Battleground 2020Elections 2020FederalIssuesRepublican Candidates Vying to Replace Olson Face-Off at Richmond Forum

A GOP candidate forum in Richmond on Thursday night highlighted key differences in the race to succeed retiring Congressman Pete Olson (R-TX-22).
January 17, 2020
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Surrounded by patriotic displays in a sprawling atrium at Gallery Furniture south of Houston, six of the fifteen Republicans vying to replace retiring Congressman Pete Olson (R-TX-22) sought to stand out from the pack at a candidate forum Thursday evening.

Hosted by the Greater Katy Area Republicans and moderated by KPRC anchor Keith Garvin, the forum featured the following candidates (in stage order): Big Brothers Big Sisters Lone Star CEO Pierce Bush, Fort Bend County Sheriff Troy Nehls, businessman Bangar Reddy, Army veteran and businessman Joe Walz, businesswoman and SREC Committeewoman Kathaleen Wall, and former judge and Pearland City Councilman Greg Hill.

In the course of the forum, candidates responded to questions on a range of topics including immigration and border security, human trafficking, and regional flooding issues. 

The first question of the evening centered on border security, to which Joe Walz answered that the U.S. needed to continue building the wall, provide additional border technology, and hire more border patrol agents. He also called for an end to chain migration, maternity tourism, and birthright citizenship.

Kathaleen Wall, who has been flooding the airwaves with television and radio spots promising to work closely with President Trump to “build the wall,” said securing the border would also help address problems in education, healthcare, and fighting terrorism.

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Greg Hill, who served as a border patrol agent, cautioned that a wall could only be a part of a solution.

“We actually already have a wall, but as the Bible says in Proverbs, ‘he who builds a wall just invites destruction.’ The wall is not the end-all, be-all, it’s part of a comprehensive approach.”

Like Walz, Hill also called for more agents and technology, but added there is a need for a streamlined immigration process and more immigration judges handling deportation and asylum cases.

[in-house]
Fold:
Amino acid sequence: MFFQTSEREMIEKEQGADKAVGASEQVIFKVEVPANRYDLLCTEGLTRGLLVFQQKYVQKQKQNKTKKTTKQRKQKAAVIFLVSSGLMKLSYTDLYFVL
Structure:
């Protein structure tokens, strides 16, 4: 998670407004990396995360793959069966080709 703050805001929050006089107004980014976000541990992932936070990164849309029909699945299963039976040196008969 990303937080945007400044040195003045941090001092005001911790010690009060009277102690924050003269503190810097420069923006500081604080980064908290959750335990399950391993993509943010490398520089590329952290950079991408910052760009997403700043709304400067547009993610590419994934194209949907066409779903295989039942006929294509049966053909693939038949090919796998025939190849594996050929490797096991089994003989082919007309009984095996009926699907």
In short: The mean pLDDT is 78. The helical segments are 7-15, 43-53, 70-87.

Bush intoned that efforts also needed to include local law enforcement agencies in identifying criminals who were in the country illegally. 

Nehls said that as a sheriff, he was the only one on the stage who had to cope with the law enforcement challenges resulting from a porous border, but he blamed both Democrats and Republicans for contributing to the problem.

“For forty years, we have not addressed these issues, and it’s about time that we do.”

Reddy, who immigrated from India 22 years ago, also pledged to protect borders and noted that as an immigrant himself, no-one would be able to accuse him of being “anti-immigration.”

On a question regarding building alliances with other members of congress, Hill emphasized his experience and the relationships he had forged as a city council member who worked with state and federal government officials on multiple issues.

Nehls again challenged the status quo by calling out “conservatives” who promised to balance the budget and reduce spending but have allowed the deficit to grow by another trillion dollars in the past two years.

“I have no problem working with colleagues and Republicans in Congress, but where I’m going to pump the brakes is where we start breaking our promises to you.”

While largely agreeing on most issues, the candidates did differentiate on the causes and solutions to the problem of human trafficking.

Echoing a proposal introduced by Rep. Chip Roy (R-TX-21) last year, Bush said at the federal level human traffickers and drug cartels should be designated as terrorist organizations, which would give local law enforcement more strategic tools to combat the problem.

Noting that Houston is “the capital of human trafficking,” Nehls not only blamed the problem on a porous border, but called out Houston Mayor Sylvester Turner for continuing to permit adult entertainment venues that contribute to trafficking for sexual exploitation.

Reddy and Wall also mentioned the porous border as part of the problem.

But Walz and Hill rejected the border as the main cause.

Walz said that human trafficking operated in Fort Bend County as well as Houston and that “instead of attacking Mayor Turner,” he would work to fund the Department of Justice and allow the FBI to collaborate with local officials.

“It’s not a border issue; most of it has nothing to do with illegal immigration.”

Hill agreed.  “Joe’s correct, it’s not a border issue.”

While Hill said that as a border patrol agent, he had stopped traffickers, he claimed the issue was really a local problem. He advocated stiffer penalties for traffickers and emphasized the need for local acknowledgment of the problem and local action.